Surrey Police spent nearly £3m in two years on external consultants despite needing to make savings of £30m by 2015, a BBC investigation has found.
A Freedom of Information request by Sunday Politics South East showed the force spent £1.46m in 2010-11 and nearly £1.5m the year before.
The figures are higher than those of other police forces in the South East.
Surrey Police said the "specialist" external consultants had helped to deliver savings of more than £13m.
In a statement, it said the force had undertaken "a series of change programmes including... a review of force estate which have involved the use of specialist external consultants to assist us in achieving the necessary savings whilst improving our focus on the frontline".
"Whilst there has been a cost to bring in external help, it has been an investment helping to deliver more than £13m in savings in 2011-12," it said.
"We have also been able to increase the number of frontline police officers in Surrey by 200 as a result of the financial steps we have taken over the past two years."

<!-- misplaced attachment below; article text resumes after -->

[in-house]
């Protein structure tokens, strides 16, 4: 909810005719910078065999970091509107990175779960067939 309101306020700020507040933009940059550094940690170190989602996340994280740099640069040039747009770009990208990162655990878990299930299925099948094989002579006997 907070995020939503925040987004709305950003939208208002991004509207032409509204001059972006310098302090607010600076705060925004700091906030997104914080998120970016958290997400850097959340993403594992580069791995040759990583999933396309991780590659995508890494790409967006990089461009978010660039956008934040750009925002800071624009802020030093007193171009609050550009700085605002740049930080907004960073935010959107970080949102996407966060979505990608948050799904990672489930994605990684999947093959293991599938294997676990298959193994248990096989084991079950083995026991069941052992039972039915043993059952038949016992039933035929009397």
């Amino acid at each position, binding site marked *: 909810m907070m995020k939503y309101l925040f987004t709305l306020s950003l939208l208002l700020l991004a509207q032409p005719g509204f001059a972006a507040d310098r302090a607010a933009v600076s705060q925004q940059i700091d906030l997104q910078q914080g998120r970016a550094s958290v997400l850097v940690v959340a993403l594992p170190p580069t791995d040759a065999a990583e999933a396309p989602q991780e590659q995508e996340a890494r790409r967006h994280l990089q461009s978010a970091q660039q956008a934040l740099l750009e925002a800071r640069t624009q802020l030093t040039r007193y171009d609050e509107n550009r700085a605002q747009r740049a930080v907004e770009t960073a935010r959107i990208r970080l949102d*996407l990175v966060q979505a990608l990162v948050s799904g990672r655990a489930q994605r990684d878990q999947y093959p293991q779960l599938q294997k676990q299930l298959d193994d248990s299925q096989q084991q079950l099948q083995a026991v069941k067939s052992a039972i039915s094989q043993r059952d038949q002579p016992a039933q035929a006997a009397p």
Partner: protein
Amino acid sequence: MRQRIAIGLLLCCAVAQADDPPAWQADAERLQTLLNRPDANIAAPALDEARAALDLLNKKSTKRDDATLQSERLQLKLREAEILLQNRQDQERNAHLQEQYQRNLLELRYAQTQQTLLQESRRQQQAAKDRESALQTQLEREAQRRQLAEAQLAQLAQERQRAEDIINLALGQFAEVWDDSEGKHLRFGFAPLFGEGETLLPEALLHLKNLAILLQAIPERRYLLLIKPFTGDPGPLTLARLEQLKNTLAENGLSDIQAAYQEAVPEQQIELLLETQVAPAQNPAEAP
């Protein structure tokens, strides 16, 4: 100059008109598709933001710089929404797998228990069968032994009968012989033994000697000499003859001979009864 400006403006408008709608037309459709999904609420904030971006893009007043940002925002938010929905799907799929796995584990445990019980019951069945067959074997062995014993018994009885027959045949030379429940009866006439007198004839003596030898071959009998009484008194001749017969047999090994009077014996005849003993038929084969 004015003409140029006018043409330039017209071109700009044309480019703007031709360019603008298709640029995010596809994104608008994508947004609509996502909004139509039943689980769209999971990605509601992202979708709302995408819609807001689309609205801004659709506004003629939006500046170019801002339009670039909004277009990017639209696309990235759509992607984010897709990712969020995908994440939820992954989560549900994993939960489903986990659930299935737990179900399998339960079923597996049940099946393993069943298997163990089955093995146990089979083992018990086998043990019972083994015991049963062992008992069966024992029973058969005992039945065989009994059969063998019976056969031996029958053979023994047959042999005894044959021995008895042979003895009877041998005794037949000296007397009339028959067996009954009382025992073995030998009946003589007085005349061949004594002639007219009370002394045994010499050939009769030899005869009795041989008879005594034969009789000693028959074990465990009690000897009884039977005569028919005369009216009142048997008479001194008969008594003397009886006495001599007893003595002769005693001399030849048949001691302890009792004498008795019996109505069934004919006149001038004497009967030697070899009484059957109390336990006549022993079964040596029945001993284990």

The BBC investigation found that Kent Police spent £95,000 in 2010-11, down from £320,000 the year before (2009/10).
The force has to make savings of £45m over four years by 2015.
Sussex Police, which has to make savings of £51m, turned to external consultants for £156,000 of work last year, down from £385,000.
The figures for Surrey Police show that in the most recent year it spent £608,581 on human resources, compared to £189,531 the previous year.
Councillor Chris Botten, who represents the Liberal Democrats on Tandridge District Council, said it would not be wrong to expect Surrey's expenditure to be in line with that of the Kent and Sussex police forces.
"You might even expect the forces to share resources," he said.
"But the fact that the spend is so out of sync with the other two counties indicates to me a systemic problem that needs probably some explanation."
The Deputy Chief Constable of Sussex Police, Giles York, told the BBC he was reluctant to use external consultants too often.
"I'm not really a great fan of using consultants and it's not always my first port of call because we do employ some very skilled people already within the organisation.
"And I think what changed is managing our relationship with consultants very differently, and really questioning what they were doing for us and the value they were giving to us within the organisation.
"But I think it is about bringing them in for the skill base that they bring and also getting rid of them again once they've delivered the value."
Kent Police said it had "specifically targeted its spend on consultants and aimed to move to zero spend this year".